My charoset

Charoset is a kind of relish. Always found on the Passover Seder plate. The structure remembers us on the brickwork mortar, made by the men of Israel in Egypt to build the cities and pyramids under very hard circumstances. See the bitter herbs on the Seder plate. There are several combinations of ingredients used for the Charoset. The Askenazic Charoset  has less kinds of ingredients. For instance apples, sugar walnuts, cinnamon, matze flour and wine. The Sephardic version, influenced by the Mediterranian Yewish culture, has also the dried fruit, lemon fruit, dates, almonds and ginger in the recipe.

My Sephardic Charoset
Serves about 15

3 dessert apples, sour and fresh of taste, washed, peeled if you like and grated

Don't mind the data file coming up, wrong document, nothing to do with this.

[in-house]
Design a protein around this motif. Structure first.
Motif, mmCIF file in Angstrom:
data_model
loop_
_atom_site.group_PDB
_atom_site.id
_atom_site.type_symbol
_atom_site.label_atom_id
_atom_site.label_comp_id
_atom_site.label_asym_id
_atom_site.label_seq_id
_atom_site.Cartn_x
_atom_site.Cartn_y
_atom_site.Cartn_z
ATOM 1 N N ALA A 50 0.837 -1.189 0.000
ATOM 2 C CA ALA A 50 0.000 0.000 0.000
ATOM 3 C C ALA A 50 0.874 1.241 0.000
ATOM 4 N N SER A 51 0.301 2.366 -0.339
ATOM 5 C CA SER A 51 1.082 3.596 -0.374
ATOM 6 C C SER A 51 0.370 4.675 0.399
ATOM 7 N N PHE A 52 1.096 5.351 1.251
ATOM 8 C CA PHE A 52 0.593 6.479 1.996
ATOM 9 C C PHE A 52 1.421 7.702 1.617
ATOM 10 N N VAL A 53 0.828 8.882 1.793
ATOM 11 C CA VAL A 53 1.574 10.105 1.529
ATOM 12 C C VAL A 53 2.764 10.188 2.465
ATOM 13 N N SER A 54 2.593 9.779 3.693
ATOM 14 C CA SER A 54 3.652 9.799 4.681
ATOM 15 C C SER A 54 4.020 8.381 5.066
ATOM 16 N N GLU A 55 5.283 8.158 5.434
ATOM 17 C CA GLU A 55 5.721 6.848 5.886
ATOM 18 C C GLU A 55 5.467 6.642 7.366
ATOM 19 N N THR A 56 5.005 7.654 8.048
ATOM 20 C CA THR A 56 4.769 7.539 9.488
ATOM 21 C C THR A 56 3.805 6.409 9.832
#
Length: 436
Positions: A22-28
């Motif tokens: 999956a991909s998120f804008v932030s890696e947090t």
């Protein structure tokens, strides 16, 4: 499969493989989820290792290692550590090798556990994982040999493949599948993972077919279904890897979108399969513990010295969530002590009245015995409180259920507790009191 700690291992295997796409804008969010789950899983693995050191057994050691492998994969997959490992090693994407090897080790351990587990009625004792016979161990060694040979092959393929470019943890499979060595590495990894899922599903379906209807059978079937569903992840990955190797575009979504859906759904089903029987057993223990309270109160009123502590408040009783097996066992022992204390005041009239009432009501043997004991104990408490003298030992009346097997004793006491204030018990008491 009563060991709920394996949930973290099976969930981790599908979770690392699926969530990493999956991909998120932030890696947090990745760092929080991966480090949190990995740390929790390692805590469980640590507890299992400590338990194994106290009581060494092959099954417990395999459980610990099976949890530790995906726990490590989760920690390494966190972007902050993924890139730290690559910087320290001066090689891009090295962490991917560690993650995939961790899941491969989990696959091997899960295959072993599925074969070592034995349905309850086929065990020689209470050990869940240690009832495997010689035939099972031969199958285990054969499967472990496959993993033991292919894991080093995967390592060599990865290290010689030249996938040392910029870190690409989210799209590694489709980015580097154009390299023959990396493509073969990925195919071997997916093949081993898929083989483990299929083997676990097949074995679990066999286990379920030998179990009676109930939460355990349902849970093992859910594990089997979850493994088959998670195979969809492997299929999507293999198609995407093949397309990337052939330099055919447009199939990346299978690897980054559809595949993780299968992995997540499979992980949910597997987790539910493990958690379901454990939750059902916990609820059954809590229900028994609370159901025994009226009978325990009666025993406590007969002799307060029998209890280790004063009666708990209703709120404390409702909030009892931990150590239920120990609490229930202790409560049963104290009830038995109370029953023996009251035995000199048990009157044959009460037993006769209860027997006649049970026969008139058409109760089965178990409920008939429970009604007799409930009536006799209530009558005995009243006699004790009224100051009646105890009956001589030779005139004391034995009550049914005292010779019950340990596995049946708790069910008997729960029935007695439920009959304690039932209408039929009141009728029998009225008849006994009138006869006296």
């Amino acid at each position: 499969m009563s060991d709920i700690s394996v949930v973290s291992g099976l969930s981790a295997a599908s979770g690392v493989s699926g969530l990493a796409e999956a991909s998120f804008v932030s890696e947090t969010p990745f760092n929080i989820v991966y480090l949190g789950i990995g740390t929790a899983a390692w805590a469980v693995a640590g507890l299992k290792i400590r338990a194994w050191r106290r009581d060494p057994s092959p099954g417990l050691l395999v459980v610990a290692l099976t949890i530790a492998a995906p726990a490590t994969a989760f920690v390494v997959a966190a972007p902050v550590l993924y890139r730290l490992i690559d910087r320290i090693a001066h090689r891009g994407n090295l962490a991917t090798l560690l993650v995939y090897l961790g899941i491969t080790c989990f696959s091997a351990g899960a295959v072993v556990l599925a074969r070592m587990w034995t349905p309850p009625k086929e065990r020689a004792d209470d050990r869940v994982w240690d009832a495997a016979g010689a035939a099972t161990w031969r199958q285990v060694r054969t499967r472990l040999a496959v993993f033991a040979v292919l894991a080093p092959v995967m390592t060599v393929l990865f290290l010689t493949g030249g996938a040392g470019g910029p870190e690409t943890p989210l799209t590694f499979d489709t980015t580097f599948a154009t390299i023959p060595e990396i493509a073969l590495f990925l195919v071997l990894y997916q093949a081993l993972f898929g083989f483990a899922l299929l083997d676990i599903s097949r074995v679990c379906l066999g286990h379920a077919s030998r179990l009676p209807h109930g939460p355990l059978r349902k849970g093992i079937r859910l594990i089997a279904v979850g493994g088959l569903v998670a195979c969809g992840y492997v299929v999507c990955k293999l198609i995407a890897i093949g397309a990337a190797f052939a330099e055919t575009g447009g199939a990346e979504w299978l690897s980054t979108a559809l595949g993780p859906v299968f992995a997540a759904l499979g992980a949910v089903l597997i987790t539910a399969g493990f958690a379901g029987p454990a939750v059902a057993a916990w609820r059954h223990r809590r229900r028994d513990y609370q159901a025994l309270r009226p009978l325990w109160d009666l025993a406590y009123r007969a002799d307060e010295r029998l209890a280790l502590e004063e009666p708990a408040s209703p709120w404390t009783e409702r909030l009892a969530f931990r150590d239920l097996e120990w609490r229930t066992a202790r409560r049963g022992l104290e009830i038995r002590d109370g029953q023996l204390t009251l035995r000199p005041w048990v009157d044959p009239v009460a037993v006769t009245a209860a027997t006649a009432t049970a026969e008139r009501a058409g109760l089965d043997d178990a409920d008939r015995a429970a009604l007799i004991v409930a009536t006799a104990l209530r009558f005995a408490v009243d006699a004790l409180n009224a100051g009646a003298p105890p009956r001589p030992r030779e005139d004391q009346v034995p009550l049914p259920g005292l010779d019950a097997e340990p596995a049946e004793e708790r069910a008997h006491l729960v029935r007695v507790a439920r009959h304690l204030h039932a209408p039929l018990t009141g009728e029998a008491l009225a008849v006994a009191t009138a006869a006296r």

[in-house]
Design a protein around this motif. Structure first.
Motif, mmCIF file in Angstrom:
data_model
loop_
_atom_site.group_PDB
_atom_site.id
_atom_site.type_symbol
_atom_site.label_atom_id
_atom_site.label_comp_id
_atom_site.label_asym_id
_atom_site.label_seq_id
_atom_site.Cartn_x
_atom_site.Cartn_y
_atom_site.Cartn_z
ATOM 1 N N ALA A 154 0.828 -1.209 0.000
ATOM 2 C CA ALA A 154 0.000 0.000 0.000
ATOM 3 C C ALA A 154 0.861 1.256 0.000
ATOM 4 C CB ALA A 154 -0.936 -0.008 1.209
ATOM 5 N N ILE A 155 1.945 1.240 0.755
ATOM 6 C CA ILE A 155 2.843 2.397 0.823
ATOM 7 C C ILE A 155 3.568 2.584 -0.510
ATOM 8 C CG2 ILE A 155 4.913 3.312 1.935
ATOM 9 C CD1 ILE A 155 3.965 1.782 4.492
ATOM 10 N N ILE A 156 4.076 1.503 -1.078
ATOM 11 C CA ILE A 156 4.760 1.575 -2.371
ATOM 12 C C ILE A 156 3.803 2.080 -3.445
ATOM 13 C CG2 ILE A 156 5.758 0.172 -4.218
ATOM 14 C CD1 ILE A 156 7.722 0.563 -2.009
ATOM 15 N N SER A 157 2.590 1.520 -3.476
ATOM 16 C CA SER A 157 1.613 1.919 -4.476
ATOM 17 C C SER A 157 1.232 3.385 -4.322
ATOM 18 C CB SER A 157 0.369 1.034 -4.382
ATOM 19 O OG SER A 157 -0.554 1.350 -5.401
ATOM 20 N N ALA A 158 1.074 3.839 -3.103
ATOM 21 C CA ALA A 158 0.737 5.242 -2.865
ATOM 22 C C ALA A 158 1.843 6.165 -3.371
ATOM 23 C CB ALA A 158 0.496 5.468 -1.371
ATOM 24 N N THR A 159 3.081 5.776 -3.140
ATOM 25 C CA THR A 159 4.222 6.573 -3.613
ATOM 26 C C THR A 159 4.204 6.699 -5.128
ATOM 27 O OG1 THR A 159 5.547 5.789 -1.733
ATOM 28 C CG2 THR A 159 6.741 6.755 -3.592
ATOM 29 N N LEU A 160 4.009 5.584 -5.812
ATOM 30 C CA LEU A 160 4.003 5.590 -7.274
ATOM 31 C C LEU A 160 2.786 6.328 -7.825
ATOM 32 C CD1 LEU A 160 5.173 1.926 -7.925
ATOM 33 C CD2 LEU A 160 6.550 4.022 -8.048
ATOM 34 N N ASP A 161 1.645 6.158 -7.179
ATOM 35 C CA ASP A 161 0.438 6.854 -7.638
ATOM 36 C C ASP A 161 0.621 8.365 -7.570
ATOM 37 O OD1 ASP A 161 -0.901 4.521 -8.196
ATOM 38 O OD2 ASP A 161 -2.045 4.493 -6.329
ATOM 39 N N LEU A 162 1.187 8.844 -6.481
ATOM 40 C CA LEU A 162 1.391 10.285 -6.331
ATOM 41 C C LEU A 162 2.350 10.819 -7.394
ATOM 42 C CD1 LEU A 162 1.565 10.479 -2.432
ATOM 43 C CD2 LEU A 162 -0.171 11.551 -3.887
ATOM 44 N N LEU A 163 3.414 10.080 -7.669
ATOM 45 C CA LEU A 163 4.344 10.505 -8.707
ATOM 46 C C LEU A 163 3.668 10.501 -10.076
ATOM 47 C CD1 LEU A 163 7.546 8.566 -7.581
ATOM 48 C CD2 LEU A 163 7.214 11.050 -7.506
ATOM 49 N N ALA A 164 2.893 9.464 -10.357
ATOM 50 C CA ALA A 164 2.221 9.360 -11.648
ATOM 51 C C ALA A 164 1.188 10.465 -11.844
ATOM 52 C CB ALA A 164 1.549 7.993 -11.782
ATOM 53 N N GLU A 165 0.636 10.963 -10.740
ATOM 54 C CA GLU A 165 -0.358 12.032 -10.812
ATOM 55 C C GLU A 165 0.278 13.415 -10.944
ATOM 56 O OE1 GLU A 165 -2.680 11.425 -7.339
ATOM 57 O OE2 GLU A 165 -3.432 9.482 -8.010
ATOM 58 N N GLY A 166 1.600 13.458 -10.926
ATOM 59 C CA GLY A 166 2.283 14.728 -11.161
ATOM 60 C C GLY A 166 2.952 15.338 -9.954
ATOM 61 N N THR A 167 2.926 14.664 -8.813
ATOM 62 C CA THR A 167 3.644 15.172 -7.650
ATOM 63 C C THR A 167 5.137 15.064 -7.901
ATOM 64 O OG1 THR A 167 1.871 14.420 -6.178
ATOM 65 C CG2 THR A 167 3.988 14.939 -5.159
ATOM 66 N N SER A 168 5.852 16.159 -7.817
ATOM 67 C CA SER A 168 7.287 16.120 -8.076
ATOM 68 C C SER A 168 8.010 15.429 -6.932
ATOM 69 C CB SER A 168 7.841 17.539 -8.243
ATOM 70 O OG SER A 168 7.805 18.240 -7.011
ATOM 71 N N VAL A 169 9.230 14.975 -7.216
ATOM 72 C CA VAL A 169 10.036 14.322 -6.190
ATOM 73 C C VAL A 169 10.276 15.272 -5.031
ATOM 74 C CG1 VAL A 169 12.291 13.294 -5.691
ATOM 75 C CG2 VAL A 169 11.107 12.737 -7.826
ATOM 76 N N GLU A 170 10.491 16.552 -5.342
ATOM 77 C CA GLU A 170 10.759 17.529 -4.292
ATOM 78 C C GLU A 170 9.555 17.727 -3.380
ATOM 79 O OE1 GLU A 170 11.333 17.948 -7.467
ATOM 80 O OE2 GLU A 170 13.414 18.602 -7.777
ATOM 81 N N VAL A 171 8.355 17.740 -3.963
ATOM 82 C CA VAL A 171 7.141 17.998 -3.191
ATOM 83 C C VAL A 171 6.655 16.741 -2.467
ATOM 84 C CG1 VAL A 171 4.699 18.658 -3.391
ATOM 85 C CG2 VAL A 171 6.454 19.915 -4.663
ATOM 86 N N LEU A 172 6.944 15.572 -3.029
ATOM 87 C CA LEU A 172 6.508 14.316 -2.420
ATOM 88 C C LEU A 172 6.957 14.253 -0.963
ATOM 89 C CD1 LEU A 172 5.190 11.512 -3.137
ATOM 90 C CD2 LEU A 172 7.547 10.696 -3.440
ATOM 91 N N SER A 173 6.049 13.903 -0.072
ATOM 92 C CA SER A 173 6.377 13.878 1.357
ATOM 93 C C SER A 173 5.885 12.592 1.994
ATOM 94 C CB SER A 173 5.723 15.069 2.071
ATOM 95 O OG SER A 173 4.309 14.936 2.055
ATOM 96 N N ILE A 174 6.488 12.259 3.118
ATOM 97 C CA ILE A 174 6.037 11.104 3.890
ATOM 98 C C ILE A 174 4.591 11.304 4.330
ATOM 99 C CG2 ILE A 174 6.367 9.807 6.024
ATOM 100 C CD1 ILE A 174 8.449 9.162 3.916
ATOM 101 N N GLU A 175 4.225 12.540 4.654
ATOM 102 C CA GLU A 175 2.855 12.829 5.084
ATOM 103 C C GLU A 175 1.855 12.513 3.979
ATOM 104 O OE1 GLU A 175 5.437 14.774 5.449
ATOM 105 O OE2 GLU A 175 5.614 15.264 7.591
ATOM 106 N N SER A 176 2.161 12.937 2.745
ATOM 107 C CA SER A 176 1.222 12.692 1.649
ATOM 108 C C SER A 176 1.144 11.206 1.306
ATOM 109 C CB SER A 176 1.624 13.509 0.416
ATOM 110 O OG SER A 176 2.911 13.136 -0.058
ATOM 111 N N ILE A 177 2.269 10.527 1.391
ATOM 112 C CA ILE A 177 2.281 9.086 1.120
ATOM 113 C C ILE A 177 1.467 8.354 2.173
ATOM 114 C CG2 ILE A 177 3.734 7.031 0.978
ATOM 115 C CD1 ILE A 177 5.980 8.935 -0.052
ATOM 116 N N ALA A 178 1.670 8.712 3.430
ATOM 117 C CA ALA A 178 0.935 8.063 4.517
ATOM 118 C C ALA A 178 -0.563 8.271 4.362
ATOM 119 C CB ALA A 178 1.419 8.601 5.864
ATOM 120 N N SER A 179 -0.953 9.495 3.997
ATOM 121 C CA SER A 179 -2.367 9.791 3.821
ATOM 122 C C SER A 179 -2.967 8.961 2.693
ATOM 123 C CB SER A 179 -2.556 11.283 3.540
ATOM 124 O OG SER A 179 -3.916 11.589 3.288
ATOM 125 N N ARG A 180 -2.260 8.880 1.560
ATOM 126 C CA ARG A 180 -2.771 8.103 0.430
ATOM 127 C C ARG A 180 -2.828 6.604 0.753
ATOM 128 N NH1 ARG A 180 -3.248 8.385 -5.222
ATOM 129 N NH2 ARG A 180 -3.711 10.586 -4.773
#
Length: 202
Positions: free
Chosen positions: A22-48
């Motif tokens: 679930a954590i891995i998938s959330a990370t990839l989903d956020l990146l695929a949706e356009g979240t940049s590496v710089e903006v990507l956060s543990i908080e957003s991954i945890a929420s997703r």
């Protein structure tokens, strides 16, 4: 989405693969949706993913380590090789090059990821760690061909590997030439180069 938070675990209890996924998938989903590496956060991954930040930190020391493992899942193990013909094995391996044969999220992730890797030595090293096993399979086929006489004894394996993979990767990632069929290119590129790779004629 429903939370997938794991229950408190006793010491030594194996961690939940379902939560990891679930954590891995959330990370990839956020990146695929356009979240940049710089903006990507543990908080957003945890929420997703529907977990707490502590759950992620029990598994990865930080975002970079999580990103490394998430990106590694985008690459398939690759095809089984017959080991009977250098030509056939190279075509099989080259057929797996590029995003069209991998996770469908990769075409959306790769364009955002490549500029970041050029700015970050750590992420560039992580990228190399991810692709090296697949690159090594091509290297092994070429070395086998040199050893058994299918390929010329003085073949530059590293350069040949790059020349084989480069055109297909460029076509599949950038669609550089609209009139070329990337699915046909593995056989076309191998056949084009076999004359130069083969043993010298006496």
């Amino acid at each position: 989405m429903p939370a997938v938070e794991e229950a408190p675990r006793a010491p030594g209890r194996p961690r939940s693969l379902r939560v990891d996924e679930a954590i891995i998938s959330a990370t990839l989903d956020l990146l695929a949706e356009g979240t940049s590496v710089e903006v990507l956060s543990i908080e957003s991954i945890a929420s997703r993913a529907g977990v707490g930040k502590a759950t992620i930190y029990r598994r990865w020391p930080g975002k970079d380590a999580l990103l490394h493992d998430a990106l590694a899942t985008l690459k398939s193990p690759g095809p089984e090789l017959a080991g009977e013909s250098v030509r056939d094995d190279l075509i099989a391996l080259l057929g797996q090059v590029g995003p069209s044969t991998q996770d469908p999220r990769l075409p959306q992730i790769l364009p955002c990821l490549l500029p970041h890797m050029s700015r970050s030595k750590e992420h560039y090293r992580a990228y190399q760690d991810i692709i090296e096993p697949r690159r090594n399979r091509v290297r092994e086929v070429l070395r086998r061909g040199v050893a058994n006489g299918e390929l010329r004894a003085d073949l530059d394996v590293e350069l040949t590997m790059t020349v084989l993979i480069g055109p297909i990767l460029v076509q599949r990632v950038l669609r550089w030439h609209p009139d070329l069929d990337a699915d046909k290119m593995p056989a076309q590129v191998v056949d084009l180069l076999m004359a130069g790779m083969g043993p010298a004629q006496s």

1 banana, washed, peeled and finely chopped or crushed
juice from 1 lemon
¾ cup / 100 gr. raisins, sultana, washed well and dried with a paper towel
¾ cup / 100 gr. walnut pieces, finely chopped
¾ cup / 100 gr. Almonds, finely chopped or ground
6 pitted dried apricots, washed, dried and finely chopped
6 pitted dried dates, finely chopped
2 tsp.     ground cinnamon
1 tbsp. sweetened ginger (optional) pressed through the garlic press, or very fine chopped
root ginger
1 tbsp. matzah flour
1-2 tbsp. honey or soft light brown sugar
3 tbsp. kosher red wine

Combine all the ingredients in a non-metallic bowl. Taste and add more sugar or wine if necessary. Keep for one night in the refrigerator before serving, chilled or on room temperature. You can keep it chilled and eat it during the whole Passover week.

Tip: Use an ice spoon for serving the Charoset on the Seder plate.
I wish you “Pesah Kasher”, “Kosher Passover”.

Jacoba Spijker-Kort